After finishing self isolation, you will need to take extra care for a further three days. This means avoiding crowded or enclosed spaces with poor ventilation or with little room for social distancing.

Over those three days after isolating, you should:

  • Limit your close contacts outside your household
  • Wear a face covering, preferably a medical mask or a respirator mask
  • Work from home if possible
  • Avoid contact with people who are at high-risk of severe illness from COVID-19
  • Take an antigen test if you must be in close contact with people or in a crowded or poorly ventilated space

What does it mean to restrict your movements?

If you are a close contact of someone who has tested positive for COVID-19, you may or may not be told to restrict your movements. This will depend on whether you have been vaccinated, have received a booster shot, or have had a positive PCR test in the previous three months.

When counting how many days you need to restrict your movements, start from when you were last in contact with the person who tested positive for COVID-19. If you can’t remember when you last saw them, start from the day you received the close contact text message from the HSE.

This includes:

  • Not going to work, school or college
  • Not using public transport
  • Not having any visitors to your home
  • Not visiting other people
  • Not going to the shops or pharmacy unless absolutely necessary
  • Not going to any gatherings, including weddings and funerals
  • Not meeting face-to-face with anyone who is vulnerable to COVID-19, including older people, pregnant people, and those with a medical condition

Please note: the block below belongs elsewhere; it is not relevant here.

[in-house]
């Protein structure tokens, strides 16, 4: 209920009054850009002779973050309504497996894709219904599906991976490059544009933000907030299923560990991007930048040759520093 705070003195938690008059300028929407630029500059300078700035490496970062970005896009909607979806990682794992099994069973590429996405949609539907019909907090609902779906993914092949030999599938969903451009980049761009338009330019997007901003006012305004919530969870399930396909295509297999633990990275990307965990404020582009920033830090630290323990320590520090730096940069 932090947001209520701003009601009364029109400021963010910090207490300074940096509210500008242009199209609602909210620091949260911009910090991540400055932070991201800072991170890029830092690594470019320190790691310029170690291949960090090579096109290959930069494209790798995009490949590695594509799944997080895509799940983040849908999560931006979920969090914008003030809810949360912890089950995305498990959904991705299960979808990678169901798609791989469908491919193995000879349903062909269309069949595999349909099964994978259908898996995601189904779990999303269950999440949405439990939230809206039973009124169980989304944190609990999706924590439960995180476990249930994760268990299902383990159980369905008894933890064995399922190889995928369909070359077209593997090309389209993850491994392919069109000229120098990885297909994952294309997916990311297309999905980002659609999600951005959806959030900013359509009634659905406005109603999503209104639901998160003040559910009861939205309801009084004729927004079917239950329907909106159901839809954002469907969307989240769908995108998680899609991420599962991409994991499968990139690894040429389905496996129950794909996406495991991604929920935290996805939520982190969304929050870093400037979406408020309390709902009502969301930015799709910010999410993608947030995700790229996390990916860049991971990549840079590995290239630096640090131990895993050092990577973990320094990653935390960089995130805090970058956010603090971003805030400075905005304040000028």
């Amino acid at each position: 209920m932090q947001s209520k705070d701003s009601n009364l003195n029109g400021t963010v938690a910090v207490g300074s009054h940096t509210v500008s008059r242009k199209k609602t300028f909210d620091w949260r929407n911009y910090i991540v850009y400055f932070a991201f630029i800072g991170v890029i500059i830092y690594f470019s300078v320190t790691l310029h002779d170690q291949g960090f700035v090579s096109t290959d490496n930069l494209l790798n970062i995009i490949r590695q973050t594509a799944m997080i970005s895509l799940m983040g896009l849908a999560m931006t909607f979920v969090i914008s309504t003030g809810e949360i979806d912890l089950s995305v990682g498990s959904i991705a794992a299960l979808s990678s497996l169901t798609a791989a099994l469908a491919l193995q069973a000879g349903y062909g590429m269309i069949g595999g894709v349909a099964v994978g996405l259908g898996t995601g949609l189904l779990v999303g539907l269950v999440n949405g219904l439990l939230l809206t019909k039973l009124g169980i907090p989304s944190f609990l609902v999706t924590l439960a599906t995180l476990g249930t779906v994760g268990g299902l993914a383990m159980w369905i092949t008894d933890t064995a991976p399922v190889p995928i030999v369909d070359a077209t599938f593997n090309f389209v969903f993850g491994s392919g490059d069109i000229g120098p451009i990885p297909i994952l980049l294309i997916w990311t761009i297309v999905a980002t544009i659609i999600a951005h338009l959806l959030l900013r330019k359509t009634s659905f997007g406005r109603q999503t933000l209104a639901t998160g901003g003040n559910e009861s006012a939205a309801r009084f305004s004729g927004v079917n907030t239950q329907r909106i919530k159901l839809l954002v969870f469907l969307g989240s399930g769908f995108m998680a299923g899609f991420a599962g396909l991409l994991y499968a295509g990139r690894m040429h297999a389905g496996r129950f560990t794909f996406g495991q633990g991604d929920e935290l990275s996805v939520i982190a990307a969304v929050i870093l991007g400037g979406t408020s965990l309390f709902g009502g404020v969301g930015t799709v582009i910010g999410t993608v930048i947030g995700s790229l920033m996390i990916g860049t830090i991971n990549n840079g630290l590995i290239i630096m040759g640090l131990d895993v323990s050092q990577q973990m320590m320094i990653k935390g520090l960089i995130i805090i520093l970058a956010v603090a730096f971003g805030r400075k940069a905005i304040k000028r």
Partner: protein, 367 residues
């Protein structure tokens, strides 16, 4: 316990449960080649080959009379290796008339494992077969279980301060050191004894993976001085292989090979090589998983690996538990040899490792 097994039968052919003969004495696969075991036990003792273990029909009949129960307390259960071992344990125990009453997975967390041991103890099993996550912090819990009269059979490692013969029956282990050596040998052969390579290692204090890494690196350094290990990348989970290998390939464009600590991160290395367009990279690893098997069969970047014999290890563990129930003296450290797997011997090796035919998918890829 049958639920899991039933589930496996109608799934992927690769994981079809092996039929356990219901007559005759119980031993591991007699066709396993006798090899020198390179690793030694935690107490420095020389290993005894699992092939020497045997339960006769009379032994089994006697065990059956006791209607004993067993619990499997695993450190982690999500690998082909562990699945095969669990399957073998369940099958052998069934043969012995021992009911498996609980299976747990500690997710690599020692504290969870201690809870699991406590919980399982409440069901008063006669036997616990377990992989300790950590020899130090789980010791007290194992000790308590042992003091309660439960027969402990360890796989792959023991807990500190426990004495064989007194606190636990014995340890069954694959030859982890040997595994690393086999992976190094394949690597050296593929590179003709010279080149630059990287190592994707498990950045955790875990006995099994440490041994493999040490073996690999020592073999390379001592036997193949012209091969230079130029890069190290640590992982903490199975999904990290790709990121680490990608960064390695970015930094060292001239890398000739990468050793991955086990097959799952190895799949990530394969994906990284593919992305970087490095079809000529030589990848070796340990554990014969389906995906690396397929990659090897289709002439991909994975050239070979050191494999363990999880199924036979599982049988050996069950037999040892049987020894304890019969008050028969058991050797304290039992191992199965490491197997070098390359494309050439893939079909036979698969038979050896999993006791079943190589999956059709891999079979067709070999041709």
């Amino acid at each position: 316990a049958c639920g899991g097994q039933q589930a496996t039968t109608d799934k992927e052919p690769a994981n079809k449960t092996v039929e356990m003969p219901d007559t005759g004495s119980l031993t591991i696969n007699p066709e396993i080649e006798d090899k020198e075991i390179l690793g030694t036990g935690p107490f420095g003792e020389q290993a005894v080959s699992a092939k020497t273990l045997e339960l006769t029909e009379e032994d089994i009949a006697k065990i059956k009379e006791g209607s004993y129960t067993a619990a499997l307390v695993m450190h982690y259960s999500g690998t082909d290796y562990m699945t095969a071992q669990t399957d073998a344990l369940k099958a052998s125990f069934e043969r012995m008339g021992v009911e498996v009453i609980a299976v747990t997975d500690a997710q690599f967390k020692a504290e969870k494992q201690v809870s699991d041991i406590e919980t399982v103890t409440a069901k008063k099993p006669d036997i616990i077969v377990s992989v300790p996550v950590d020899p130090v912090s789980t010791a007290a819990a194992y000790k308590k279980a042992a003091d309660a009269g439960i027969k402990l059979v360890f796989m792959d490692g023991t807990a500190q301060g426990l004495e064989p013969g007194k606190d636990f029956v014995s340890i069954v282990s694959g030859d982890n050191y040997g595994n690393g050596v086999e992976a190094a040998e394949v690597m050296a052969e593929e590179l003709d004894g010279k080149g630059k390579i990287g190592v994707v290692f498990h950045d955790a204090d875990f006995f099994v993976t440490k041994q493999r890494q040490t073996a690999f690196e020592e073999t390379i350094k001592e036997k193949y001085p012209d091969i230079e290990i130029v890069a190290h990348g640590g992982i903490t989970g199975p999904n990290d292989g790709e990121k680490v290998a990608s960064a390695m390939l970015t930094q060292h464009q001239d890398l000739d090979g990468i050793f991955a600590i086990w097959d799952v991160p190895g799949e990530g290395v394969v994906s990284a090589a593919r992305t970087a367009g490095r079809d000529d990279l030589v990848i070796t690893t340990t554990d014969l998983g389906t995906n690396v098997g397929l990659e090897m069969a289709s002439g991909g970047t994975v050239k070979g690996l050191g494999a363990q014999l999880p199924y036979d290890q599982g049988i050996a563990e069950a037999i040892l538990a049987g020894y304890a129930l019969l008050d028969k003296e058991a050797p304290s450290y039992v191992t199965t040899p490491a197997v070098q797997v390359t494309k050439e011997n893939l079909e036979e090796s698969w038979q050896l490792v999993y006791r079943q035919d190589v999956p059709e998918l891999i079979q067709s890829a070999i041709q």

Do I have to restrict my movements?

You may need to restrict your movements if you are a close contact of someone who has COVID-19. The guidelines around restricting your movements depend on whether you have been vaccinated, you have had a booster shot, or have had COVID-19 in the previous three months.

Who does not need to restrict their movements?

If you are a close contact with no symptoms and you fall into one of the categories below, then you will not need to restrict your movements:

  • You received a booster shot more than seven days ago
  • You have tested positive for COVID-19 in the past three months, and you received your first round of vaccinations

Receiving the first round of vaccinations means two doses of AstraZeneca, Moderna or Pfizer or one dose of Janssen.

Although you do not need to restrict your movements, you will need to take three antigen tests over seven days. Find out more about the steps to take if you are a close contact.

Who does have to restrict their movements?

If you are a close contact with no symptoms and you fall into one of the categories below, then you must restrict your movements for a period of seven days:

  • You have had no COVID-19 vaccinations
  • You had a booster shot less than seven days ago
  • You tested positive more than three months ago (even if you have had your first round of vaccines)

If you fall into these categories, then you must restrict your movements for a period of seven days, starting from when you last saw the person who tested positive, if you know when this was, or else from the date you received the text from the HSE.

You will also need to take a number of antigen tests over seven days and log your results with the HSE. Find out more about taking antigen tests.

It is also recommended that you wear a medical or respirator mask when coming into contact with anyone over the 10 day period since you last saw the person who tested positive.